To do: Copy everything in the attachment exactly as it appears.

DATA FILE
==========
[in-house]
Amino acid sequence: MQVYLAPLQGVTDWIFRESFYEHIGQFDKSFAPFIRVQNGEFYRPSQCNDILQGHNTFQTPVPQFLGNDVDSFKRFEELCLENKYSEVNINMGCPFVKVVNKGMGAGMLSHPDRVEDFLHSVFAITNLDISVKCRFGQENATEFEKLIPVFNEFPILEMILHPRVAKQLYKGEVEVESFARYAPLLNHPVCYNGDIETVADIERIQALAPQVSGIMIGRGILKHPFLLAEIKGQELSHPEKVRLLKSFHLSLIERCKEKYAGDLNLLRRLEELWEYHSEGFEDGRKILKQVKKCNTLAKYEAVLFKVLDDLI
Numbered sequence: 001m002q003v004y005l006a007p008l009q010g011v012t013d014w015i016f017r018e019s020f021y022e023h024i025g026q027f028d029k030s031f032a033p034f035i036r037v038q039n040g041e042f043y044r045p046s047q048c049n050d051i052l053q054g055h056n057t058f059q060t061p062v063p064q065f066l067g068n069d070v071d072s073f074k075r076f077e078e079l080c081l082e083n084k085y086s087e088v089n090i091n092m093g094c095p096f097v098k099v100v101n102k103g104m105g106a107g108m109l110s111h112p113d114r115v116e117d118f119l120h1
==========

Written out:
[in-house]
Amino acid sequence: MQVYLAPLQGVTDWIFRESFYEHIGQFDKSFAPFIRVQNGEFYRPSQCNDILQGHNTFQTPVPQFLGNDVDSFKRFEELCLENKYSEVNINMGCPFVKVVNKGMGAGMLSHPDRVEDFLHSVFAITNLDISVKCRFGQENATEFEKLIPVFNEFPILEMILHPRVAKQLYKGEVEVESFARYAPLLNHPVCYNGDIETVADIERIQALAPQVSGIMIGRGILKHPFLLAEIKGQELSHPEKVRLLKSFHLSLIERCKEKYAGDLNLLRRLEELWEYHSEGFEDGRKILKQVKKCNTLAKYEAVLFKVLDDLI
Numbered sequence: 001m002q003v004y005l006a007p008l009q010g011v012t013d014w015i016f017r018e019s020f021y022e023h024i025g026q027f028d029k030s031f032a033p034f035i036r037v038q039n040g041e042f043y044r045p046s047q048c049n050d051i052l053q054g055h056n057t058f059q060t061p062v063p064q065f066l067g068n069d070v071d072s073f074k075r076f077e078e079l080c081l082e083n084k085y086s087e088v089n090i091n092m093g094c095p096f097v098k099v100v101n102k103g104m105g106a107g108m109l110s111h112p113d114r115v116e117d118f119l120h1